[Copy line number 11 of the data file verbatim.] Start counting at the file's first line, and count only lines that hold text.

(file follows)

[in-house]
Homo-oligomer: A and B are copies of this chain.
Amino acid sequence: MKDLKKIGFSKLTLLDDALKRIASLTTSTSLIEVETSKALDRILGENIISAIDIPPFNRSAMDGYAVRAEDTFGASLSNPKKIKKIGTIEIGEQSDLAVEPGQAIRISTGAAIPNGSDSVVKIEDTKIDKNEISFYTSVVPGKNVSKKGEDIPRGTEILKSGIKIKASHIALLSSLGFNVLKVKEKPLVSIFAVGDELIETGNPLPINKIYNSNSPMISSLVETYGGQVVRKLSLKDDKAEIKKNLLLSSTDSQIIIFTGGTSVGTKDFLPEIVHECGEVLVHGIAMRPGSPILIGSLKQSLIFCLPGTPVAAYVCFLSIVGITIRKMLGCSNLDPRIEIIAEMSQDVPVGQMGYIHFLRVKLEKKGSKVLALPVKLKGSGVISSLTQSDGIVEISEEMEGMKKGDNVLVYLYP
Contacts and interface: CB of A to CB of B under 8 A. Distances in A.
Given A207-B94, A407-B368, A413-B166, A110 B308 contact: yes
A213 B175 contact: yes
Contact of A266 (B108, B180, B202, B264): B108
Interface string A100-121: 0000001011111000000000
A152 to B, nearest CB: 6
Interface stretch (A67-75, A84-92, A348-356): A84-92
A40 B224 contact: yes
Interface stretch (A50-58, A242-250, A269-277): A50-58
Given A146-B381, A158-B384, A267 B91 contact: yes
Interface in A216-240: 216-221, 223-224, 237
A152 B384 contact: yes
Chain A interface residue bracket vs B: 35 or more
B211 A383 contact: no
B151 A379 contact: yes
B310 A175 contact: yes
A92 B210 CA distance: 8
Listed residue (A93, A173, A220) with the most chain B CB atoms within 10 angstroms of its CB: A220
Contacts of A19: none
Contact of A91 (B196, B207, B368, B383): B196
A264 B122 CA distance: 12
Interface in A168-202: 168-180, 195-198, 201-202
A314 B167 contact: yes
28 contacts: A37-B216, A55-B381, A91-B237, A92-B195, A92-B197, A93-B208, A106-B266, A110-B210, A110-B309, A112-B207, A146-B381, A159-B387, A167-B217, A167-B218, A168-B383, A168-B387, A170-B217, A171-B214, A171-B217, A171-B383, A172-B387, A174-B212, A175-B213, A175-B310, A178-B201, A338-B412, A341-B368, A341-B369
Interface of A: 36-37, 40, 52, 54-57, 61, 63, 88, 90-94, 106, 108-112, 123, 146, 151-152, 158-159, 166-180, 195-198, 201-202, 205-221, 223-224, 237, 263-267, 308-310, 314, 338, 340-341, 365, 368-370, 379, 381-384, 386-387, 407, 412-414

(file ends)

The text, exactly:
A40 B224 contact: yes